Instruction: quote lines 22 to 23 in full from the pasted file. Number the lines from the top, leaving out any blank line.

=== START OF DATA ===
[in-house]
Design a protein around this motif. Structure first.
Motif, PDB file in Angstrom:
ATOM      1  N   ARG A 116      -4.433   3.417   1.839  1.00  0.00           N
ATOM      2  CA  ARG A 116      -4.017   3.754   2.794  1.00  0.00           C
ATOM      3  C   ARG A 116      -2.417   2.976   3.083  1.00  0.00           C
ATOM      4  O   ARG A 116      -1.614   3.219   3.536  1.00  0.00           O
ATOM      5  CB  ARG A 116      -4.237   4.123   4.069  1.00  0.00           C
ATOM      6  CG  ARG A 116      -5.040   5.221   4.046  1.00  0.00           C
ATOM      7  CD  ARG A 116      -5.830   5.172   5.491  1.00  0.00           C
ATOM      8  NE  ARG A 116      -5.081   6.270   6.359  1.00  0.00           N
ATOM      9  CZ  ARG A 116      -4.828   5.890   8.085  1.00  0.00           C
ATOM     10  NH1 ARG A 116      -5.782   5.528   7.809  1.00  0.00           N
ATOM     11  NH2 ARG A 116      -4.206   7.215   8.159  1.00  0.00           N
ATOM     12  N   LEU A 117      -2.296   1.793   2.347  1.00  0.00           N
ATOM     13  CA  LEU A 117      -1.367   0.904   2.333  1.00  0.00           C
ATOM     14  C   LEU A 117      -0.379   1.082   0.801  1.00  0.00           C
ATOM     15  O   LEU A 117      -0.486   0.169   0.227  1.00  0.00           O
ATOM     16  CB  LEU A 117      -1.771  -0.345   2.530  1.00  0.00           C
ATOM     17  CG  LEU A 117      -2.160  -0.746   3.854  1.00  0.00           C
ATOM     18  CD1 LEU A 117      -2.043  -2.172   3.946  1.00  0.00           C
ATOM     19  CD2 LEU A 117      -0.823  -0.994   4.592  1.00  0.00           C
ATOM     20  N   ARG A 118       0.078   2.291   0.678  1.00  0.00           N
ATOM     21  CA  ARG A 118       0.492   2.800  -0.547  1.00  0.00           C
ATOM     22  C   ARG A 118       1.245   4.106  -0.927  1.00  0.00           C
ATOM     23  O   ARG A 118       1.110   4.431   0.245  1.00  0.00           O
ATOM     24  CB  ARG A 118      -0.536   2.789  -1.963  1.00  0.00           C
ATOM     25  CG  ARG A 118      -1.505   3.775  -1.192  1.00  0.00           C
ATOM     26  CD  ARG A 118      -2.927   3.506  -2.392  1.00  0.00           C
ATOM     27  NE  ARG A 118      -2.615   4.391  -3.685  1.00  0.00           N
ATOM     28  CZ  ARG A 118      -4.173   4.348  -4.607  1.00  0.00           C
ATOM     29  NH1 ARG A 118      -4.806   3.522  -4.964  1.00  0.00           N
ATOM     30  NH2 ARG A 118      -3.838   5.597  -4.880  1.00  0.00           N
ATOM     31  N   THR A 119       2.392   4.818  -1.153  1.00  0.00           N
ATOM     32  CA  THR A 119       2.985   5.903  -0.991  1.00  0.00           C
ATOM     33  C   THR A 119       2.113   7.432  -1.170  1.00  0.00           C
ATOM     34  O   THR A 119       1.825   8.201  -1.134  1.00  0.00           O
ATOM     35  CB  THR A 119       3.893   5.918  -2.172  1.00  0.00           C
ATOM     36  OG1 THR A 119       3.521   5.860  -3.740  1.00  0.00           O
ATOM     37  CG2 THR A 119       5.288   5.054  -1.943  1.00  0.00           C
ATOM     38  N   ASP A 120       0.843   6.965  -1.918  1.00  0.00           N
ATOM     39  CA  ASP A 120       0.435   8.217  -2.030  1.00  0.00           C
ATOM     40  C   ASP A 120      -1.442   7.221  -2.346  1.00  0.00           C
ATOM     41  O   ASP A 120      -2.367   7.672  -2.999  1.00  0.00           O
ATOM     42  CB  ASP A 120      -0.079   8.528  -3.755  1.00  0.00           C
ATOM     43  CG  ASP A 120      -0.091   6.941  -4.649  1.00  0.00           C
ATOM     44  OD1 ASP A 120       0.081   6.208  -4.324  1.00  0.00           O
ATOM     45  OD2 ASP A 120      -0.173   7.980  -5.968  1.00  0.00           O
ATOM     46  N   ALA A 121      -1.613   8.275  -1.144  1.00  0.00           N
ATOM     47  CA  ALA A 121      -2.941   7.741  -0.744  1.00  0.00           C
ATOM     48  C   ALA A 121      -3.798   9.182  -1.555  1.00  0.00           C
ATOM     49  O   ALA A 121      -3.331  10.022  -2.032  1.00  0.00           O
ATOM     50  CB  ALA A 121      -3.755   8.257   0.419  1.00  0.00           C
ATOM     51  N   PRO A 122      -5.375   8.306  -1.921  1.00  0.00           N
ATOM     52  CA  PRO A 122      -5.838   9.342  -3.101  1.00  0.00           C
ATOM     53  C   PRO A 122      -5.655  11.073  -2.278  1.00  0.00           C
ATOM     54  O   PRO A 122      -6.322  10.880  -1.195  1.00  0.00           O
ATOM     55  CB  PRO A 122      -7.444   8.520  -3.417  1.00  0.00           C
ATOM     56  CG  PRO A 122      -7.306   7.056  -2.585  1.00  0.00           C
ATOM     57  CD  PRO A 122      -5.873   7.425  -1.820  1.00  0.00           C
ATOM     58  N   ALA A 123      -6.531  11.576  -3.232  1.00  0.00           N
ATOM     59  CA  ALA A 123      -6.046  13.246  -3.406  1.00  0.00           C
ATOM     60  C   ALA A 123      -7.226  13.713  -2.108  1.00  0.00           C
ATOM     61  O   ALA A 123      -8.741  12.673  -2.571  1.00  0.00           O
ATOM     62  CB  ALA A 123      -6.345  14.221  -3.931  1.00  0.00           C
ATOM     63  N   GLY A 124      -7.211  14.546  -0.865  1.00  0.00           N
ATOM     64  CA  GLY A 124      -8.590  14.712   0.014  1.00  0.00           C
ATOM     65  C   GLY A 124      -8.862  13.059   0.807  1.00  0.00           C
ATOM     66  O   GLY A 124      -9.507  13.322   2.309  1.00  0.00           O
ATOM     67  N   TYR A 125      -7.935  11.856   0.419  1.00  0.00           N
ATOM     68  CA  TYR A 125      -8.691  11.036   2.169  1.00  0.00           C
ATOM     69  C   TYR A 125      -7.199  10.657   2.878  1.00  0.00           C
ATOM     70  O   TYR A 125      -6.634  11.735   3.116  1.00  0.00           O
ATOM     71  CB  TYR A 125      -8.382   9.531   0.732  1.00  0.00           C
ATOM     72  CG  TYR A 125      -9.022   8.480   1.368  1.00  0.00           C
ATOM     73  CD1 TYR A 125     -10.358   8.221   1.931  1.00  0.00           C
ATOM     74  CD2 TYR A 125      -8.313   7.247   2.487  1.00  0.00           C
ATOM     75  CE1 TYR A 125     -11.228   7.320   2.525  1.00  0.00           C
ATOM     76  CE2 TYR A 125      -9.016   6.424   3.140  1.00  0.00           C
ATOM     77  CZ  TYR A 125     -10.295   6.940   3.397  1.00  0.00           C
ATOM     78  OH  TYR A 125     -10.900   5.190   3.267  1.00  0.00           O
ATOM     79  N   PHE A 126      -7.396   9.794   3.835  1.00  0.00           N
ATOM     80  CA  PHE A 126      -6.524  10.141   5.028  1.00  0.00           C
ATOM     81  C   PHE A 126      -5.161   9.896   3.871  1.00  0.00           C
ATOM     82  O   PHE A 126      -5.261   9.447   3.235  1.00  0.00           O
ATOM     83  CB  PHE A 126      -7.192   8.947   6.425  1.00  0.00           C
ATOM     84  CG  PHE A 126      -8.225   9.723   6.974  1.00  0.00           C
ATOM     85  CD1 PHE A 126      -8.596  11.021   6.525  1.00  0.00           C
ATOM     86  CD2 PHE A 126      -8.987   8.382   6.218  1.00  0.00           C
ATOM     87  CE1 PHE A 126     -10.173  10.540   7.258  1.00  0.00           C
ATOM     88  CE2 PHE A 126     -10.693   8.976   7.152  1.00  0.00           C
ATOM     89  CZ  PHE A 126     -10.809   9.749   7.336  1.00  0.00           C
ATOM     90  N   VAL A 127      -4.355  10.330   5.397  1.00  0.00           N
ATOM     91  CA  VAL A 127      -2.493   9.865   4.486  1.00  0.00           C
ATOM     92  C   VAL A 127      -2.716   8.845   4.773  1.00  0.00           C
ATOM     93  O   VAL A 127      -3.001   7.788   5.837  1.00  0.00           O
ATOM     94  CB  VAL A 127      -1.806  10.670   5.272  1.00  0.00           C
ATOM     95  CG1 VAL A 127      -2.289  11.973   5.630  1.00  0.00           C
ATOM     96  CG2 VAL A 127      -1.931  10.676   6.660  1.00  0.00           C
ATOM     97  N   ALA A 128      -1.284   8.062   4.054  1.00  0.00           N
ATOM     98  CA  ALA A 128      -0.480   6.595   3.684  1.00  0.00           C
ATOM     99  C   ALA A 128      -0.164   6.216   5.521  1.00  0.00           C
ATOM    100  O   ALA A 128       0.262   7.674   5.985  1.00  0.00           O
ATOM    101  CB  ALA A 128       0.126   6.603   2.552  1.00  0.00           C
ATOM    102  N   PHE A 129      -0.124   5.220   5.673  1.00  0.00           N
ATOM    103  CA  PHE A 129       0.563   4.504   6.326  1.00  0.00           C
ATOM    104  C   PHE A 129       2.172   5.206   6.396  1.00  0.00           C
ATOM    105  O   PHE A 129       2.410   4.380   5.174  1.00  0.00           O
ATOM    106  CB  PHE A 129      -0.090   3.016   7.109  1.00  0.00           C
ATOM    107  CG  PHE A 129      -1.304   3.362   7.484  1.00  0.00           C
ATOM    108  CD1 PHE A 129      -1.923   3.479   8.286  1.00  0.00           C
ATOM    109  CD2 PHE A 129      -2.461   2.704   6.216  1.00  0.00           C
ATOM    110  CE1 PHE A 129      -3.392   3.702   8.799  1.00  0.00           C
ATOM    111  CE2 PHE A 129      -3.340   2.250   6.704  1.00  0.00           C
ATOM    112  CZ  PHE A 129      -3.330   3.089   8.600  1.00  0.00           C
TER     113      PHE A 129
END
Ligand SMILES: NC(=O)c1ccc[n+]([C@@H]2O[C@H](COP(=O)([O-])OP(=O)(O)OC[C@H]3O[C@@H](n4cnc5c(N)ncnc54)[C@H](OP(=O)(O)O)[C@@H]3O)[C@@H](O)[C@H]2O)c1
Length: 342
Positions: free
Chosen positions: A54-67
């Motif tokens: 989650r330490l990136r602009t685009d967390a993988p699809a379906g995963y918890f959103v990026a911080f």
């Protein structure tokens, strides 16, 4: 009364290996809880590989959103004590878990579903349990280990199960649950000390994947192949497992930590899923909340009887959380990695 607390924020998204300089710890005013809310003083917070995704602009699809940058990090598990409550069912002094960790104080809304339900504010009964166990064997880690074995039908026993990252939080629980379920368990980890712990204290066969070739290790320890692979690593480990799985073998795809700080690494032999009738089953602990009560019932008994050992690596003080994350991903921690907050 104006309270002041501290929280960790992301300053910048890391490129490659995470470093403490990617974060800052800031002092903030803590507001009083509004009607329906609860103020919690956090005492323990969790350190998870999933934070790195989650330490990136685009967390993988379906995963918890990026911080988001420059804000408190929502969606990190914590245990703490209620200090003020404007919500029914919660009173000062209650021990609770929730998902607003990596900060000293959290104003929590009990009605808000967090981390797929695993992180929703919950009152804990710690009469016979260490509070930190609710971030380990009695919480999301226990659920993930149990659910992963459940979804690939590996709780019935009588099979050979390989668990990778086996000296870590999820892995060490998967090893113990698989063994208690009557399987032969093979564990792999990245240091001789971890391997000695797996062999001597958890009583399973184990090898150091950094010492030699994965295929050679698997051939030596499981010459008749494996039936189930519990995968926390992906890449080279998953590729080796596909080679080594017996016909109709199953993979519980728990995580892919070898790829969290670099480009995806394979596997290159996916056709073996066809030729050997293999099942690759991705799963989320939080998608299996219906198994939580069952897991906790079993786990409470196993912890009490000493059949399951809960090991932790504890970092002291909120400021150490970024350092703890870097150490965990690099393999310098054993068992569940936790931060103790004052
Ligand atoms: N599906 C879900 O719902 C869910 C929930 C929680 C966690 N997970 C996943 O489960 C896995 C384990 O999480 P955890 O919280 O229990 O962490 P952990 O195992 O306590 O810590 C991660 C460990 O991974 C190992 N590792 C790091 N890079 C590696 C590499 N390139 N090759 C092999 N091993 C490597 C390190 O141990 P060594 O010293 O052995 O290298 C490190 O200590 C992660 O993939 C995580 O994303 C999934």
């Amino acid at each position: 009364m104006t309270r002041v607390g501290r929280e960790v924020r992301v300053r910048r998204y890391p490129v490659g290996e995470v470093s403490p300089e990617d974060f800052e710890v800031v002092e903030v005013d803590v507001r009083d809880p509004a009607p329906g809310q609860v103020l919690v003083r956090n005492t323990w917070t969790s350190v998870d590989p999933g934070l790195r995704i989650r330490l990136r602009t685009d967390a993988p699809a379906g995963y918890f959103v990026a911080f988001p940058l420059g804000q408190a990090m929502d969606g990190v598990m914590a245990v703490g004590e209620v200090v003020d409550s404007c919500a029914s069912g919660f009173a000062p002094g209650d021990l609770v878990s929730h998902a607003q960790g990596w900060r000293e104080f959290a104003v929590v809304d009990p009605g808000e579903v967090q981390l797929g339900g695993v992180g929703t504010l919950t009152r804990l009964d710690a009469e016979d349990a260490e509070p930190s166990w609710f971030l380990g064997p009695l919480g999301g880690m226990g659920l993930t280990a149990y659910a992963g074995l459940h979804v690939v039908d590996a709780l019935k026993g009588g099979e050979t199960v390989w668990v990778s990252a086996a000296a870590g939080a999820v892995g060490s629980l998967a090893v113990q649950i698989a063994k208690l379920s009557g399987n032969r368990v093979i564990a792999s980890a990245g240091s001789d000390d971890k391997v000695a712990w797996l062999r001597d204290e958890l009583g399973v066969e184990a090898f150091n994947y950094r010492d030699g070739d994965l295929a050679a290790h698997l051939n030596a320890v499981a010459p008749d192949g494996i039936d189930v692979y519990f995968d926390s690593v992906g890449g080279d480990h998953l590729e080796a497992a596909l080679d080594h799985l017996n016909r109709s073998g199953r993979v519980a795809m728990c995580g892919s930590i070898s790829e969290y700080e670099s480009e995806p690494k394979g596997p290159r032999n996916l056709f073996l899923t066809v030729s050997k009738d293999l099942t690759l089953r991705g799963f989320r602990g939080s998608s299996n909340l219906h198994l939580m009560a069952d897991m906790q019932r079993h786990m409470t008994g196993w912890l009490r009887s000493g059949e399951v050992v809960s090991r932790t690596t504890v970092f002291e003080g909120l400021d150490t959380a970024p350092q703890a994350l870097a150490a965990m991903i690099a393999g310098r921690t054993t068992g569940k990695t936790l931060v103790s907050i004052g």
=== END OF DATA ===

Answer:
ATOM     19  CD2 LEU A 117      -0.823  -0.994   4.592  1.00  0.00           C
ATOM     20  N   ARG A 118       0.078   2.291   0.678  1.00  0.00           N